Component(s): Seminar

Description: This course addresses the question of community participation in conservation and development initiatives. Focusing on the particular experience of local communities, it presents participatory concepts, principles, tools, and processes that have practical application to a broad range of contexts and settings.

Component(s): Seminar

Description: This course provides an overview of current research in environmental and related scientific disciplines. The course involves seminars, presentations, and critical analysis of scientific literature, including discussion of cutting-edge research topics in fields such as ecological restoration, biodiversity, climate change, renewable energy, food and water security, and natural resource conservation.

Component(s): Seminar

Prerequisite/Corequisite:

The thesis proposal should be completed before the end of the second semester of residency in the MSc program and after a minimum of 6 credits in the Program have been taken.

Description: Students are required to select their research topic and formulate a research proposal under the supervision of a thesis supervisor and with input from a thesis committee. The written proposal will include a sound rationale for the proposed research, a detailed description of the research design and methodology, and a comprehensive literature review. Students are also required to present an oral presentation of their proposal to the Department. The thesis proposal must be formally approved by the thesis committee and the Graduate Program Director before research activities can begin.

Component(s): Thesis Research

Description: This seminar introduces students to some important contemporary geographical approaches and topics in the study of society and culture. Specific themes may include globalization, migration, multiculturalism and diaspora, marginality, policing and imprisonment, and social movements. To provide a broad understanding of these themes, the course emphasizes analyses that draw upon geographical concepts of space, place, identity, and power.

Component(s): Seminar

Description: Students are required to demonstrate their ability to carry out original, independent research. The thesis, which will be researched and written under the direction of a supervisor and thesis committee, should normally not exceed 100 pages. Upon completion of the thesis, the student will be required to defend his/her thesis before an external examiner and his/her thesis committee.

Component(s): Thesis Research

Description: The objective of this course is to ensure that all PhD students acquire strong teaching and other communication skills which are useful for both academic and non-academic positions. Candidates are required to attend a seminar in university teaching in collaboration with the Centre for Teaching and Learning Services of Concordia University. Following the successful completion of this seminar, candidates are required to give four lectures (normally 75 minutes each) to undergraduate classes.

Component(s): Modular

Notes:
  • The course is graded on a pass/fail basis.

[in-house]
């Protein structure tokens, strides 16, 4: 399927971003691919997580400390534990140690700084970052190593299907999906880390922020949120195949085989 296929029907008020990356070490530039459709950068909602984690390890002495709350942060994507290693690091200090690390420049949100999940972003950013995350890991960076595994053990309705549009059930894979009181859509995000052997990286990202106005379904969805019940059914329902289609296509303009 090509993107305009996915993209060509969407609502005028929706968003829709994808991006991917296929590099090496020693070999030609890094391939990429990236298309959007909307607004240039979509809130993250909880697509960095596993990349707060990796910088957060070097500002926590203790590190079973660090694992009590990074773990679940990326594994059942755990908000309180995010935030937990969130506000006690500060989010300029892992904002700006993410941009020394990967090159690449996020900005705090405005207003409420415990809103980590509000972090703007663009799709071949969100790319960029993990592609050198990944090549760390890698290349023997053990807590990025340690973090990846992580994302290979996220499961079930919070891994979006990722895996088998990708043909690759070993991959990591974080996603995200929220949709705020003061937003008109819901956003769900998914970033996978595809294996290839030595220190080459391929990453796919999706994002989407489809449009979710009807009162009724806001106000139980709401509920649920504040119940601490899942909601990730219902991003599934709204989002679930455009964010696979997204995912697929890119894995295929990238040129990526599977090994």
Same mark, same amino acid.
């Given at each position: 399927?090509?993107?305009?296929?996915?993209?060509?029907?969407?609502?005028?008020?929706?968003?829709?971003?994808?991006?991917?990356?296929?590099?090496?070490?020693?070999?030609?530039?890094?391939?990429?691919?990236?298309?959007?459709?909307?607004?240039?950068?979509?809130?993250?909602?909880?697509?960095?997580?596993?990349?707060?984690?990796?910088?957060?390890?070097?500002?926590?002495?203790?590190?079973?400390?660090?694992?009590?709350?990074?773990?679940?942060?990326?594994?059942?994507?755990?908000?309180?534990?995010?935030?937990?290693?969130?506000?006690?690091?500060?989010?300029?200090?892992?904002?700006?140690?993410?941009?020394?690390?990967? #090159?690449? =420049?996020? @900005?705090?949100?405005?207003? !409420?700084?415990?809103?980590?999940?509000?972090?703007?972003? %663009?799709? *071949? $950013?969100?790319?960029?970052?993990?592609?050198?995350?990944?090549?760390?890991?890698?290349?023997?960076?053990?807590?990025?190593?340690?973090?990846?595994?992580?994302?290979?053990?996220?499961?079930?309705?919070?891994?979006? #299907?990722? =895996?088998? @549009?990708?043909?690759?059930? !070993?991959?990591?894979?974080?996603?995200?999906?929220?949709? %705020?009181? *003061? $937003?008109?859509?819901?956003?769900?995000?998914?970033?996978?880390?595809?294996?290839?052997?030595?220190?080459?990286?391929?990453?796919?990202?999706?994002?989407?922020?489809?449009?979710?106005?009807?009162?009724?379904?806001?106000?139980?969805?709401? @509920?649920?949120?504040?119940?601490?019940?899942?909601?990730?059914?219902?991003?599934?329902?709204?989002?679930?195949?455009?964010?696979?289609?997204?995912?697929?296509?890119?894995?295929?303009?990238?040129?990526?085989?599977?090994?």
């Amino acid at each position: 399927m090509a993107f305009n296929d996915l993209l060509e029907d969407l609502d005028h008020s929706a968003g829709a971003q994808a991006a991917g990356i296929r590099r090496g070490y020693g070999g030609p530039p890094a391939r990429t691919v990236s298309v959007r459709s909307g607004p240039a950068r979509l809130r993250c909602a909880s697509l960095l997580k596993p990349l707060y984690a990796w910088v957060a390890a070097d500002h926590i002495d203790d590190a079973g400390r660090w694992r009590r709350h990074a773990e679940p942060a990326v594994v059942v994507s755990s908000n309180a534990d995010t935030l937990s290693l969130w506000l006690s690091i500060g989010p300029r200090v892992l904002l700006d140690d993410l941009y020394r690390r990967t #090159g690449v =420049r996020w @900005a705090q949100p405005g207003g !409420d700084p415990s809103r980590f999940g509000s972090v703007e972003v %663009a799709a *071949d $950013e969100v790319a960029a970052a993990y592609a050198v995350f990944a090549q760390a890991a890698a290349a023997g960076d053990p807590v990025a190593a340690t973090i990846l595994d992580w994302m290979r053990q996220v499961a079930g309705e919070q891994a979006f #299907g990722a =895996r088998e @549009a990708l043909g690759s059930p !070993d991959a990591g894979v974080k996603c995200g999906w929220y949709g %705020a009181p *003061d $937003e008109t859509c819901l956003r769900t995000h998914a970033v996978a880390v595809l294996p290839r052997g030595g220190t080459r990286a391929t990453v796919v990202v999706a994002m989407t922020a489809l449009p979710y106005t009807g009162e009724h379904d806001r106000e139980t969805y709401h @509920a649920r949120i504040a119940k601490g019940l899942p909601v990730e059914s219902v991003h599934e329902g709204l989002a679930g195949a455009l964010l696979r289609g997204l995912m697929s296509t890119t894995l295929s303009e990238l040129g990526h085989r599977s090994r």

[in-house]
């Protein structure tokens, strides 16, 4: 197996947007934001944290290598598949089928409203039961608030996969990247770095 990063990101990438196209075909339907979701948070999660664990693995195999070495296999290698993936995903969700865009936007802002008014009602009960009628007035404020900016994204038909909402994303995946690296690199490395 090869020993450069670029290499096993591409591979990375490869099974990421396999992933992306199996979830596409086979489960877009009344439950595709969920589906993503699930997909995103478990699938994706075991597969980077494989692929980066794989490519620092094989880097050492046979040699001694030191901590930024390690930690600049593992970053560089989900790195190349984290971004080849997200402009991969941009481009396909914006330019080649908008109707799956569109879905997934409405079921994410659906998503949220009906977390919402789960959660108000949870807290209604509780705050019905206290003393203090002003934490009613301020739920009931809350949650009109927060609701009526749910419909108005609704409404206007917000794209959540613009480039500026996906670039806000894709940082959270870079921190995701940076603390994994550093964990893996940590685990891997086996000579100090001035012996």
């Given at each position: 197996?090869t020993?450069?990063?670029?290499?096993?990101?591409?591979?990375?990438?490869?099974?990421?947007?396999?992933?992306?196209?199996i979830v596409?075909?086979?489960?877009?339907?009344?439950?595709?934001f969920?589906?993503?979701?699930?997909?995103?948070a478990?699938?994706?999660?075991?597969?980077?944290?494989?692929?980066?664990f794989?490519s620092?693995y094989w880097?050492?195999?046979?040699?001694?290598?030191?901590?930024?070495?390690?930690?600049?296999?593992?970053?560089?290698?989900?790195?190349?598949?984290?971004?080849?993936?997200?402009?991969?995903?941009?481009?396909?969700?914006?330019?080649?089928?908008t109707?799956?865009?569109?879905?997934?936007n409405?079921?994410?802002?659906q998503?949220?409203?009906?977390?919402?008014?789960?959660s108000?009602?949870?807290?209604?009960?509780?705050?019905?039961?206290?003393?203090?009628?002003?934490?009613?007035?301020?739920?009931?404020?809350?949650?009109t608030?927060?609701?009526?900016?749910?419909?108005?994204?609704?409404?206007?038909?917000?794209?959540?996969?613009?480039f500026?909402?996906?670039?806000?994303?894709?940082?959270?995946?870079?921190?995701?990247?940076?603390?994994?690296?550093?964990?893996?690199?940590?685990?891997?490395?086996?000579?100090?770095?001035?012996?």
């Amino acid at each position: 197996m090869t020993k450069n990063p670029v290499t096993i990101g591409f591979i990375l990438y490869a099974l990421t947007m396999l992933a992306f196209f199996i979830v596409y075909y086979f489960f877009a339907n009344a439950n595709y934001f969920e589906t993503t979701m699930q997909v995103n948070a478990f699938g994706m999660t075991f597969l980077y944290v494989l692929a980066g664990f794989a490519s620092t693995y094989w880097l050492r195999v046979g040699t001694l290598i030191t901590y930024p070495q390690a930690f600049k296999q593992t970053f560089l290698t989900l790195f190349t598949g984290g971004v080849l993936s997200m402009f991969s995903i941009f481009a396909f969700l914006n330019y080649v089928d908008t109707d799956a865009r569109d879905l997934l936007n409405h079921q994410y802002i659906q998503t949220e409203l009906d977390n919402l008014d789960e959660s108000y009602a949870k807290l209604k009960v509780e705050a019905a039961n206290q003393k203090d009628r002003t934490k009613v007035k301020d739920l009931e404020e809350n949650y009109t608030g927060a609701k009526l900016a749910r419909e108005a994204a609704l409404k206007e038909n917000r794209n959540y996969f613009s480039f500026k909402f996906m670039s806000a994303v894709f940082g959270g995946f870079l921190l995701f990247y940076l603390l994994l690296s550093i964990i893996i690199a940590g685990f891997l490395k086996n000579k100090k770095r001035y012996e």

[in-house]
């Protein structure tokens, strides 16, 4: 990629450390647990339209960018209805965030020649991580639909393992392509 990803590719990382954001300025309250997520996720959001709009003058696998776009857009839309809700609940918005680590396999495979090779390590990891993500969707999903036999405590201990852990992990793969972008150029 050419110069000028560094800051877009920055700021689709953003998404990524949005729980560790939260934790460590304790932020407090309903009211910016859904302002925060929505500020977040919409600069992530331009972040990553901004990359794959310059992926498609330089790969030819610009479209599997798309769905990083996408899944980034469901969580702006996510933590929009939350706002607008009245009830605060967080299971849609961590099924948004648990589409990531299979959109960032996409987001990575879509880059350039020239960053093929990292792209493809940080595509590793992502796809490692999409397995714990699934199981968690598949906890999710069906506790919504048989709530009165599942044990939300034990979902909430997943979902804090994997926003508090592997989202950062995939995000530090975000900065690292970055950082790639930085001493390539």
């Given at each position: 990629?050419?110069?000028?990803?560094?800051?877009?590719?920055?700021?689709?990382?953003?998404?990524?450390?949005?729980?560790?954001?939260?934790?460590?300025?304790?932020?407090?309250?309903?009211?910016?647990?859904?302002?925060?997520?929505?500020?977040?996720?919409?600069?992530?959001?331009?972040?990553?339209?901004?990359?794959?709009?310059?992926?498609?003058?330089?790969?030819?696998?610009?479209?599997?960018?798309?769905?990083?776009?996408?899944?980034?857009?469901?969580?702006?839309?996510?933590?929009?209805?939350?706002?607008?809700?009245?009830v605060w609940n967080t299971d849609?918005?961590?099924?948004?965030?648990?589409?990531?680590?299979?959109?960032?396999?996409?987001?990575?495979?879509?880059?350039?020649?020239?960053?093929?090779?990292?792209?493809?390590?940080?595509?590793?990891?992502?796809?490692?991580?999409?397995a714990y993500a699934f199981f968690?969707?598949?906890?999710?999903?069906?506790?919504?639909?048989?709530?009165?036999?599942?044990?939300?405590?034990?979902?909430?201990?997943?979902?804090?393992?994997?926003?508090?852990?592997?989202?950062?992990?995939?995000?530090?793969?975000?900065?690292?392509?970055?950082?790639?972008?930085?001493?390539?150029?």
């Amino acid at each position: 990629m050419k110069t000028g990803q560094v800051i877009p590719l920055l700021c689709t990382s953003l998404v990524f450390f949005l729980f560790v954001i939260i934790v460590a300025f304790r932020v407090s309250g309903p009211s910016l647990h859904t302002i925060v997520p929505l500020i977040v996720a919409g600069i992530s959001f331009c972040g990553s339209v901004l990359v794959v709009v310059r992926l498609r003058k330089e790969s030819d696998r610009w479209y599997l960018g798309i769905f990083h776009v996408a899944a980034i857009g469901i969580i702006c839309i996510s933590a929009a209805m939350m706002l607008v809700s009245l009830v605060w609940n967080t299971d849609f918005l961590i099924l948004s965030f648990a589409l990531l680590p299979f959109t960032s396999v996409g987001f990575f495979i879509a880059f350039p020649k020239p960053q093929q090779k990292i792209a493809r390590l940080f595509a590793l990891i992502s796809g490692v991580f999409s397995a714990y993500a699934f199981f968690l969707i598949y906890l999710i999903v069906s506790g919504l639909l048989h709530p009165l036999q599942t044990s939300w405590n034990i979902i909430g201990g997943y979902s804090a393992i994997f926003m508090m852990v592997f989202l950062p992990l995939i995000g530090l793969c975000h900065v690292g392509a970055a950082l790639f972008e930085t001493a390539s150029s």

Description: The objective of this course is to ensure that all students acquire some practical experience in their field of research. Candidates are required to work for a minimum of 200 hours (either full-time or part-time) in either the private sector in a field relevant to their doctoral research, in a research laboratory based outside Concordia University, in a non-profit organization or in the government.

Component(s): Independent Study

Notes:
  • The course is graded on a pass/fail basis.

Description: Conceptual and methodological frameworks related to human interventions in the environment in the built, social and natural environment are examined through various student presentations and exchanges on their research topic. This course includes completion of the oral presentation of the research proposal.

Component(s): Seminar

Description: Students are required to select their research topic and formulate a thesis proposal under the supervision of a thesis supervisor and with input from a supervisory committee. The written proposal includes a sound rationale for the proposed research, a detailed description of the research design and methodology, and a comprehensive literature review. The thesis proposal is assessed by the supervisory committee and approved by the Graduate Program Director.

Component(s): Thesis Research

Description: The comprehensive exam is prepared in consultation with the supervisory committee and aims to ensure that the student has a sound knowledge of three areas of concentration within his or her field of research. The examining committee consists of the supervisory committee plus one additional member of the Department of Geography, Planning and Environment and is chaired by the Graduate Program Director. The student is evaluated on the quality of the written and oral responses to questions.

Component(s): Thesis Research

Description: A major portion of the doctoral program involves the planning and execution of innovative and original research under the direction of a supervisor or two co-supervisors. The thesis is examined by a Thesis Examining Committee and is defended orally.

Component(s): Thesis Research